All aboard the cybersecurity train! CHOOO CHOOOO! Each week we bring you the greatest and most terrifying cybersecurity and hacking-related news on the web. This is….THIS WEEK IN GETTING HACKED!
On to the links…
Cloud-based data storage provider Dropbox was hacked in 2012 and it affected nearly 68 million users. Dropbox informed their users about the breach, and warned them to change their passwords, as hackers were able to gather emails/usernames and hashed passwords.
Now, Dropbox is automatically resetting the passwords of users who had not made the change since the announcement in 2012, but let’s be honest—if you didn’t change it then, you probably weren’t going to change it at all.
The biggest vulnerability in any company is the people. You can have the best firewall, the best cybersecurity protocols, the best network admins to oversee everything, the best anti-virus software, and comprehensive cybersecurity training and it still won’t matter. The proof is in the pudding: half of people still click on anything sent to them.
If you share a cubicle or workspace with one other person, one of you will click on anything that comes through their email, regardless of what it contains or where it comes from. Why are people clicking on links? Because they are “curious”. That’s their reason. Curiosity killed the cat…and infected the system with malware. Organizations might want to train users to check if a site is known to be malicious before visiting, with a blacklist checker tool.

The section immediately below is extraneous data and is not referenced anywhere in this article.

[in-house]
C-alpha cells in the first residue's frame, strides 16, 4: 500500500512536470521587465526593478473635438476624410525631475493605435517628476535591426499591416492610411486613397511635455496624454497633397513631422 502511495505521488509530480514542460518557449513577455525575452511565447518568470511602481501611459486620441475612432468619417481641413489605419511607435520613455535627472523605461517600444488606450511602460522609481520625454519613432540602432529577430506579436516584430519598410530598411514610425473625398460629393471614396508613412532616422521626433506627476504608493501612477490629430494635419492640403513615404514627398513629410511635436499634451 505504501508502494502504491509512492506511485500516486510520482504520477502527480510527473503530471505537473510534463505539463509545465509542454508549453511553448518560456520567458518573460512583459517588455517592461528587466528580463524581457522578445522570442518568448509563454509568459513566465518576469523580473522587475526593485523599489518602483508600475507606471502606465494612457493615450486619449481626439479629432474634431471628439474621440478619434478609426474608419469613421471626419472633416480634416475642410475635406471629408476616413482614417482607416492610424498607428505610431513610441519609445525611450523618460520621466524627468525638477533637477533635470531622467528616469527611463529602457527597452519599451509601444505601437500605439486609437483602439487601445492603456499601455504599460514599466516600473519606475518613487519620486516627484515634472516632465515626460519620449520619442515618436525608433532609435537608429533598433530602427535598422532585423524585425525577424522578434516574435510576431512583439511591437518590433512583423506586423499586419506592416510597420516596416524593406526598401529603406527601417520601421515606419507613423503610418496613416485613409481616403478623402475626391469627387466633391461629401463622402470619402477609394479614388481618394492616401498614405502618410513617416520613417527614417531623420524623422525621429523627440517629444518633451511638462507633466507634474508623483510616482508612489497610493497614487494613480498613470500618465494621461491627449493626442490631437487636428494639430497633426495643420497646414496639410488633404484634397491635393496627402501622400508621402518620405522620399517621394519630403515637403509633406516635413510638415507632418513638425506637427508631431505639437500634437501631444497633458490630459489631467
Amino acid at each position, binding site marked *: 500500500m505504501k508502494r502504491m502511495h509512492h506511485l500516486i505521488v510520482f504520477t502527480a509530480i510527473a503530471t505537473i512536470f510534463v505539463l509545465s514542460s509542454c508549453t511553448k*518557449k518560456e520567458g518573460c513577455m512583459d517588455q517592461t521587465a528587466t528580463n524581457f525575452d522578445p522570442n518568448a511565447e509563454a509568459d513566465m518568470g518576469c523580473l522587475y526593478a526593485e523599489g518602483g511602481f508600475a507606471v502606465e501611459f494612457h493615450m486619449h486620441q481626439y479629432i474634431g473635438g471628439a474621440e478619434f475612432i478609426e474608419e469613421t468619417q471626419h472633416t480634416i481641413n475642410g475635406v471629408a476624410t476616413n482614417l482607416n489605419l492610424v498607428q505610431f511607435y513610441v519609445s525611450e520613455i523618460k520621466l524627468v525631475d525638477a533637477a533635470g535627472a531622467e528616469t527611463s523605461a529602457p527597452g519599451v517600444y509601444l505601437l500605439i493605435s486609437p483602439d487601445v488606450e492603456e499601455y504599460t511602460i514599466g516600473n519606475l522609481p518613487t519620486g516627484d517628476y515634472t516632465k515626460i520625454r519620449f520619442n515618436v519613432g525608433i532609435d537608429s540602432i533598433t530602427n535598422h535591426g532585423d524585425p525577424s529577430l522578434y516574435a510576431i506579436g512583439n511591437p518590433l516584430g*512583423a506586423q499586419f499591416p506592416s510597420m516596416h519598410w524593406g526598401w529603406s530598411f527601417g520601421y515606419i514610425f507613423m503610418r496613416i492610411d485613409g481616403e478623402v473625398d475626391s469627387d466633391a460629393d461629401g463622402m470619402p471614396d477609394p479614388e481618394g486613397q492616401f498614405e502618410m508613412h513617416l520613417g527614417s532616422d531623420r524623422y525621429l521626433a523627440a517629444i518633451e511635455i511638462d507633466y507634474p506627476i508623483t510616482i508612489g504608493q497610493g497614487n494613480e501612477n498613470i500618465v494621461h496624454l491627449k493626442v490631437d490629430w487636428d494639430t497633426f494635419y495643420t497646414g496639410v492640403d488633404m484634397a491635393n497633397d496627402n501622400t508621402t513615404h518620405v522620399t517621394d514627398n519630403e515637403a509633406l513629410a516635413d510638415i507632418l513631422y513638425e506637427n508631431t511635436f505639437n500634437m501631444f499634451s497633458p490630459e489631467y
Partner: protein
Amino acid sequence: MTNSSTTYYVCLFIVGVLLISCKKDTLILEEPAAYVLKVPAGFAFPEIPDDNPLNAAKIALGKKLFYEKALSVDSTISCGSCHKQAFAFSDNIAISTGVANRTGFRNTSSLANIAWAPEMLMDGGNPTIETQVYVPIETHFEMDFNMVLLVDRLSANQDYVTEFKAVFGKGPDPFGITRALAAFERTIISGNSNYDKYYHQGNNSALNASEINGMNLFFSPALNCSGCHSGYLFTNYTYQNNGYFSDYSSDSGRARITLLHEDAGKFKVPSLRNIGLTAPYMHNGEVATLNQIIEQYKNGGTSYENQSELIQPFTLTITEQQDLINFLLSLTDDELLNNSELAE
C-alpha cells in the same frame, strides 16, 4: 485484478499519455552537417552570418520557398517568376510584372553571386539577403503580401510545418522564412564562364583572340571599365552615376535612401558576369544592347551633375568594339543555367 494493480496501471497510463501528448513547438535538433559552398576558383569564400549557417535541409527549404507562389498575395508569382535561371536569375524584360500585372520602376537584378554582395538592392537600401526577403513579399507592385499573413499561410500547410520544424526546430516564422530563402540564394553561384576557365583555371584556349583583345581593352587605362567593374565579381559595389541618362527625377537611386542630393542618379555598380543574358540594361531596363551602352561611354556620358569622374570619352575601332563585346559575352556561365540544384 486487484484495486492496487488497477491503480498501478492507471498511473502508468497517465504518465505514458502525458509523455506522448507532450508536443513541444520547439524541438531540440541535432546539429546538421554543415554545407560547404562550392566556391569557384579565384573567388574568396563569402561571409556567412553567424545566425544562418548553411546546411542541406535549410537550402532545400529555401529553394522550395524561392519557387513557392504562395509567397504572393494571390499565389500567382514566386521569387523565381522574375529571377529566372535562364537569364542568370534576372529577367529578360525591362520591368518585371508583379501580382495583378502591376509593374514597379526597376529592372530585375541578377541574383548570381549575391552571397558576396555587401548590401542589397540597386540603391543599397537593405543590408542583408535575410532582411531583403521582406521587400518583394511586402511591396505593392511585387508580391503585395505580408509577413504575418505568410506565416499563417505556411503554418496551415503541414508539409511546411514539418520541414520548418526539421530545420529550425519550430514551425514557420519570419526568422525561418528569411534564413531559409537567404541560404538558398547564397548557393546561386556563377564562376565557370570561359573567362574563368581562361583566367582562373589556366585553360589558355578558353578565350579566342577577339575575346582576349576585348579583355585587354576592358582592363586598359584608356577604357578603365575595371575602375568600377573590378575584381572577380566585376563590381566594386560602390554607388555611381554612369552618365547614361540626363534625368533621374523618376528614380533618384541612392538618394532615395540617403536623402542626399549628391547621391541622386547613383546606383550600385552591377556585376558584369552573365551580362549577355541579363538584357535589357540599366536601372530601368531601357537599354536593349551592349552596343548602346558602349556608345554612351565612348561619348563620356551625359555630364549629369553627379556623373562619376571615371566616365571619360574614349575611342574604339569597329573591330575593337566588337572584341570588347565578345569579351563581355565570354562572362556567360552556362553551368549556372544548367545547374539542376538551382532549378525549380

A group of hackers is selling hacking tools that took advantage of zero-day vulnerabilities from an iOS update, so just make sure that you’re constantly updating your stuff as it comes.
Also, Apple products aren’t the beacon of cybersecurity that people have made them out to be in the past.
The Director of the FBI believes that there is “no such thing as absolute privacy in America.” Isn’t that refreshing?
We’ve spoke on it before, but the FBI has stated that foreign hackers have penetrated state election systems with the intent of potentially targeting voters and influencing the electoral process.
Illinois and Arizona voter databases are believed to be the states in question, with hackers attempting to get that sweet, sweet all-encompassing voter databases.